• Amity - the children's division of AEON. You will get a better salary, but you MUST love getting punched in the nuts, grabbed on your titties, and poked in your butthole by little kids. I'm not a perv, kids in Japan do that shit every day. The salary was 285,000 yen when I worked there, and I often got about 30,000 a month in bonuses. No jobs in Tokyo though, everything is relatively countryside.
  • Nova - This is the notoriously famous eikaiwa that fucked it's employees and students, then went bankrupt, then was bought by another company. The concept of "2 big 2 fail" is out of control in Japan, and it's back to business as usual. They even kept the stupid mascot! 4 years ago, almost every foreigner in Japan was working for Nova. People talk (ed) mad shit about this school, and I miss the almost bi-weekly random news reports about Nova staff getting busted for selling coke, or blogs by Nova teachers talking about how many of their students they were laying, or stories about general nonsense. It was funny.
  • ECC - Another generic eikaiwa. I knew a lot of ECC teachers in Tokyo. Most of them were of the "party in Tokyo for a year" mentality. Huge social circles, and often the gay bar "Dragon Men" in Shinjuku would be full of ECC teachers from 7-10pm, when they have their 1000 yen all you can drink special. I'm not saying they are all queer, just broke.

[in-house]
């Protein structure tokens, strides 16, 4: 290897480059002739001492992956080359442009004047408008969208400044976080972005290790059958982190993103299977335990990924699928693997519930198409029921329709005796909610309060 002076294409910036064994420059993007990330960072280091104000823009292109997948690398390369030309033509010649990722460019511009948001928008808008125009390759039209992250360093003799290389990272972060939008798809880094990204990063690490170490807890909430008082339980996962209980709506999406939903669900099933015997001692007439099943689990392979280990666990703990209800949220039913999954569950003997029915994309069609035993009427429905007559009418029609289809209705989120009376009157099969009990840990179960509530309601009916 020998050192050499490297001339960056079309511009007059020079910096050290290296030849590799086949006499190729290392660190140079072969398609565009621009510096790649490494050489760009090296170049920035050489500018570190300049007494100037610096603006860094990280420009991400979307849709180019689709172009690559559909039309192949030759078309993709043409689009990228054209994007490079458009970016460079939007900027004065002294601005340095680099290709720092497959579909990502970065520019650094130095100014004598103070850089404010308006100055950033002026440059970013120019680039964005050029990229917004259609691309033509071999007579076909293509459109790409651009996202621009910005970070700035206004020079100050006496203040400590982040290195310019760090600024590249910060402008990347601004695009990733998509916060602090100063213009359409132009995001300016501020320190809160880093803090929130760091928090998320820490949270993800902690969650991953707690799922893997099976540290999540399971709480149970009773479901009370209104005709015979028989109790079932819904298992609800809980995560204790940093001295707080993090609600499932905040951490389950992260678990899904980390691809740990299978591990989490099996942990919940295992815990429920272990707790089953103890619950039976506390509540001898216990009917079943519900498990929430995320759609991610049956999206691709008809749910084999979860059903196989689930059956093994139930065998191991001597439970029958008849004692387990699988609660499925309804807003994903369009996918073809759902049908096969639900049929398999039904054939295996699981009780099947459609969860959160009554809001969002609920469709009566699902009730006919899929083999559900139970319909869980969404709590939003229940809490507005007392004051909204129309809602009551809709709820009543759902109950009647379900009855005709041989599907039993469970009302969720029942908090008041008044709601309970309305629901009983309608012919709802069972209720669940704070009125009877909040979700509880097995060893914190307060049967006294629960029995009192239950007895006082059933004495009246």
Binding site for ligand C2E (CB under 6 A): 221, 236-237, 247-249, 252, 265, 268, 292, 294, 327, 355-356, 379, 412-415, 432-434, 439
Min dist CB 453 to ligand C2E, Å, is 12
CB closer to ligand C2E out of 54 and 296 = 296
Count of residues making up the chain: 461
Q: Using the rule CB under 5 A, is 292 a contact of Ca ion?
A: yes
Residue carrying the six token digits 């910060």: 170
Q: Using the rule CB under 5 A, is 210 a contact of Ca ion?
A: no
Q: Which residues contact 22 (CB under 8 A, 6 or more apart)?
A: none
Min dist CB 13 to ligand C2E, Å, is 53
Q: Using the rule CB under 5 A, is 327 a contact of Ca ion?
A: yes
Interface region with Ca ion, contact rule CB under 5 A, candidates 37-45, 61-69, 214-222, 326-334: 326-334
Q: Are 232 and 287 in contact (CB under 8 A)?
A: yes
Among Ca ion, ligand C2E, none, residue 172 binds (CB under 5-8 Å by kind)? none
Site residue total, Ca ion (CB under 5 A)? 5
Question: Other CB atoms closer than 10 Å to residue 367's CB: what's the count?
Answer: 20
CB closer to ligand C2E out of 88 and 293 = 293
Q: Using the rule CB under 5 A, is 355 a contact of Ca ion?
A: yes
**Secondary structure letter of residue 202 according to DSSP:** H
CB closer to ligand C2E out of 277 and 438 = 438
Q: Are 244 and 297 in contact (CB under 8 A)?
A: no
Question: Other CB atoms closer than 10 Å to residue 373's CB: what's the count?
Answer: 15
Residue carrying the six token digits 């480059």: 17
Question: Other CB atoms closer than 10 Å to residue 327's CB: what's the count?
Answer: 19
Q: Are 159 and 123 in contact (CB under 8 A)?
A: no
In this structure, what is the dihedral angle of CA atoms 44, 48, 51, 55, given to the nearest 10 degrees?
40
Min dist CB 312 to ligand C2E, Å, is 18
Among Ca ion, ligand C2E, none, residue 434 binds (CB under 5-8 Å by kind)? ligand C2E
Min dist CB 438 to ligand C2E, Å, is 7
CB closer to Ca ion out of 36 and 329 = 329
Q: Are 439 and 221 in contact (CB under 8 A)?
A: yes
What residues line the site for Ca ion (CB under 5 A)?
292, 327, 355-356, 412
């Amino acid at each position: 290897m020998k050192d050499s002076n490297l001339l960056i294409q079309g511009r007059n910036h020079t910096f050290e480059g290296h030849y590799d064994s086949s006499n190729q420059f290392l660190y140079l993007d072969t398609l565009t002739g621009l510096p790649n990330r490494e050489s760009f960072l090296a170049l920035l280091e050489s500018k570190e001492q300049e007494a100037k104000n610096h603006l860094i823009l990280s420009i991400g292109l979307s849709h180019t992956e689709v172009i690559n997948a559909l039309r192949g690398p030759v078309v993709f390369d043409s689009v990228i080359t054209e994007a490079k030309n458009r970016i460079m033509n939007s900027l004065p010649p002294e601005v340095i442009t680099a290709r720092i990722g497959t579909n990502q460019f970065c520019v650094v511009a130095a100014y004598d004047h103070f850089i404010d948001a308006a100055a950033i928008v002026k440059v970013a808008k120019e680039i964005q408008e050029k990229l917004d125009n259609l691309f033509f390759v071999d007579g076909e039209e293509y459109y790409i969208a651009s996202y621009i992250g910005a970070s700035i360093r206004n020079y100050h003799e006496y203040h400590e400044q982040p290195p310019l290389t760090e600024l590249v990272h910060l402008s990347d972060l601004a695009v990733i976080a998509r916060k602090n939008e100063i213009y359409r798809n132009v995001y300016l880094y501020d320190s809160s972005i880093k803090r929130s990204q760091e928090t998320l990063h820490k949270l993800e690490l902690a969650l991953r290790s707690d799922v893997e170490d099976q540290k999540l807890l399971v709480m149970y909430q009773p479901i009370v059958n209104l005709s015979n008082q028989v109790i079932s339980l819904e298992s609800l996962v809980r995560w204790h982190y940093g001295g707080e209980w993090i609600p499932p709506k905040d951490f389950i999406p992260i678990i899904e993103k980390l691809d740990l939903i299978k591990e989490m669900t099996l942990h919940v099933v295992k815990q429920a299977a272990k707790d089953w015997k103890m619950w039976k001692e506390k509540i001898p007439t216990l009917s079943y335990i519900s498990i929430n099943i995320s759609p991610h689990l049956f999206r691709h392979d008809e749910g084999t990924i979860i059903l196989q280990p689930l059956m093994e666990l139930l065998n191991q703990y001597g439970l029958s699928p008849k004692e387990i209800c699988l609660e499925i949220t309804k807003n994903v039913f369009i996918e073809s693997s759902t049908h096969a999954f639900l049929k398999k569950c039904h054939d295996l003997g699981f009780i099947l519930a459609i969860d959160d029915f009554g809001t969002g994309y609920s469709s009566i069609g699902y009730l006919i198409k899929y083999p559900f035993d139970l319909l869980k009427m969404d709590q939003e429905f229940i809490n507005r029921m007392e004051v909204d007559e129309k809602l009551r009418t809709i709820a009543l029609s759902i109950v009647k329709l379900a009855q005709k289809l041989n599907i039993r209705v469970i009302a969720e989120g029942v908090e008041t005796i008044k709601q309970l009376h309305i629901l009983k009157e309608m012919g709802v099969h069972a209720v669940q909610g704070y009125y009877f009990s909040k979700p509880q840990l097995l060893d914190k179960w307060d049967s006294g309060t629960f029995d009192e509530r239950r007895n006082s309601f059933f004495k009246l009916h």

• GEOS - wait a minute.... did they just go bankrupt too?
  • Interac - Japan's number one ALT placement company. The salary is shitty, at the minimum legal rate of 250,000 yen. But if you would rather work a 8-4 public school job than a 11-8 eikaiwa job, go for it.
  • JET - The government sponsored ALT company. The salary is better, the locations more countryside, and the application process is much more involved. I don't know enough to talk about it, but I do know not to talk shit, lest a band of merry JETs descend upon me in a murderous rage in the night. They tend to dwell in packs and be very proud of their JETness. In more than 1 countryside city, I've gone to the local gaijin bar and seen a group of JETs huddles together, speaking in JET lingo, talking shit about all the other white folk in the town. Come to think of it, I've also seen the same thing with Canadians.
Each company has different policies about housing. Most will help you out. I haven't heard of any giving it for free. Some subsidize. Some put you with roommates. Check the websites.